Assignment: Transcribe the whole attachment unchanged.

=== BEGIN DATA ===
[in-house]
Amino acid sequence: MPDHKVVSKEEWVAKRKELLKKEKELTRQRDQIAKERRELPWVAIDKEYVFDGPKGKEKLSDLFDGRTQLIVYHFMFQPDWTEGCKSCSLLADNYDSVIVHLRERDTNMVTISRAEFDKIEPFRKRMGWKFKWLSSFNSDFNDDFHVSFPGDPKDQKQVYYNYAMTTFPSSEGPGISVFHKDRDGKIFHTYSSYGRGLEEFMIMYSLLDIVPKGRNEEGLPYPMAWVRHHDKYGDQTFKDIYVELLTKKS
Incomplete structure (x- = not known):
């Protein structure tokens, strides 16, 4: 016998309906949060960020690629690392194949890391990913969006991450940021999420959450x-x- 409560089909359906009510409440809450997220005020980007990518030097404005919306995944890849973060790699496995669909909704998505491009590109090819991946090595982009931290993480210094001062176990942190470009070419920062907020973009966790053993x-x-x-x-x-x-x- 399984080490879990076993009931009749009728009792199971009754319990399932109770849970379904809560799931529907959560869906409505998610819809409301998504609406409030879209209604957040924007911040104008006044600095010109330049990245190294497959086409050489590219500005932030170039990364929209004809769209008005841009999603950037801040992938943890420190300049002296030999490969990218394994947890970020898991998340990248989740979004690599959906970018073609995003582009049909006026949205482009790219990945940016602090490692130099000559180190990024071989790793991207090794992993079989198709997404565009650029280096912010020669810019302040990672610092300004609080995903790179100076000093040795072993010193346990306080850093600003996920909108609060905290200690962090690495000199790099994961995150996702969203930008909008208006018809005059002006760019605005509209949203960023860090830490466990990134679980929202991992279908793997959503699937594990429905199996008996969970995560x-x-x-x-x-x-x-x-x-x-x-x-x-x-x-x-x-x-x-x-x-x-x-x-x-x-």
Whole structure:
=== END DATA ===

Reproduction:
[in-house]
Amino acid sequence: MPDHKVVSKEEWVAKRKELLKKEKELTRQRDQIAKERRELPWVAIDKEYVFDGPKGKEKLSDLFDGRTQLIVYHFMFQPDWTEGCKSCSLLADNYDSVIVHLRERDTNMVTISRAEFDKIEPFRKRMGWKFKWLSSFNSDFNDDFHVSFPGDPKDQKQVYYNYAMTTFPSSEGPGISVFHKDRDGKIFHTYSSYGRGLEEFMIMYSLLDIVPKGRNEEGLPYPMAWVRHHDKYGDQTFKDIYVELLTKKS
Incomplete structure (x- = not known):
């Protein structure tokens, strides 16, 4: 016998309906949060960020690629690392194949890391990913969006991450940021999420959450x-x- 409560089909359906009510409440809450997220005020980007990518030097404005919306995944890849973060790699496995669909909704998505491009590109090819991946090595982009931290993480210094001062176990942190470009070419920062907020973009966790053993x-x-x-x-x-x-x- 399984080490879990076993009931009749009728009792199971009754319990399932109770849970379904809560799931529907959560869906409505998610819809409301998504609406409030879209209604957040924007911040104008006044600095010109330049990245190294497959086409050489590219500005932030170039990364929209004809769209008005841009999603950037801040992938943890420190300049002296030999490969990218394994947890970020898991998340990248989740979004690599959906970018073609995003582009049909006026949205482009790219990945940016602090490692130099000559180190990024071989790793991207090794992993079989198709997404565009650029280096912010020669810019302040990672610092300004609080995903790179100076000093040795072993010193346990306080850093600003996920909108609060905290200690962090690495000199790099994961995150996702969203930008909008208006018809005059002006760019605005509209949203960023860090830490466990990134679980929202991992279908793997959503699937594990429905199996008996969970995560x-x-x-x-x-x-x-x-x-x-x-x-x-x-x-x-x-x-x-x-x-x-x-x-x-x-």
Whole structure: